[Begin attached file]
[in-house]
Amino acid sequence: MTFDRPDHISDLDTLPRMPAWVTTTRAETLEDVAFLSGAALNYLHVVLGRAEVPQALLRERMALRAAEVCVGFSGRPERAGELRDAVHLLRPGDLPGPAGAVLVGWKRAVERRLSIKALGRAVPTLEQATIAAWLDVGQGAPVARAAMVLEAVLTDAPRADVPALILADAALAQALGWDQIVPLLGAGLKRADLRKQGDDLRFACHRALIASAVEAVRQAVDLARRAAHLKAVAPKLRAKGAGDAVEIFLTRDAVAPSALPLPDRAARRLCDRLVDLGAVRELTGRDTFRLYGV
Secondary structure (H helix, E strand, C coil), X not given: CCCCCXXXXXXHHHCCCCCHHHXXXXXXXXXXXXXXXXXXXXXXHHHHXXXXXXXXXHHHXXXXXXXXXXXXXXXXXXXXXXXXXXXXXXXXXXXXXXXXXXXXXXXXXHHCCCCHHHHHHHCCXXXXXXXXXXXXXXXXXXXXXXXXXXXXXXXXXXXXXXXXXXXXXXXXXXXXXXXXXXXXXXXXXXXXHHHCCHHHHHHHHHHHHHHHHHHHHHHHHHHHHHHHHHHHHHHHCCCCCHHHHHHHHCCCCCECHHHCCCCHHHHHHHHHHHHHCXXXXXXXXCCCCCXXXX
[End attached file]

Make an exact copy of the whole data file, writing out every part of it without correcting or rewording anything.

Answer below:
[in-house]
Amino acid sequence: MTFDRPDHISDLDTLPRMPAWVTTTRAETLEDVAFLSGAALNYLHVVLGRAEVPQALLRERMALRAAEVCVGFSGRPERAGELRDAVHLLRPGDLPGPAGAVLVGWKRAVERRLSIKALGRAVPTLEQATIAAWLDVGQGAPVARAAMVLEAVLTDAPRADVPALILADAALAQALGWDQIVPLLGAGLKRADLRKQGDDLRFACHRALIASAVEAVRQAVDLARRAAHLKAVAPKLRAKGAGDAVEIFLTRDAVAPSALPLPDRAARRLCDRLVDLGAVRELTGRDTFRLYGV
Secondary structure (H helix, E strand, C coil), X not given: CCCCCXXXXXXHHHCCCCCHHHXXXXXXXXXXXXXXXXXXXXXXHHHHXXXXXXXXXHHHXXXXXXXXXXXXXXXXXXXXXXXXXXXXXXXXXXXXXXXXXXXXXXXXXHHCCCCHHHHHHHCCXXXXXXXXXXXXXXXXXXXXXXXXXXXXXXXXXXXXXXXXXXXXXXXXXXXXXXXXXXXXXXXXXXXXHHHCCHHHHHHHHHHHHHHHHHHHHHHHHHHHHHHHHHHHHHHHCCCCCHHHHHHHHCCCCCECHHHCCCCHHHHHHHHHHHHHCXXXXXXXXCCCCCXXXX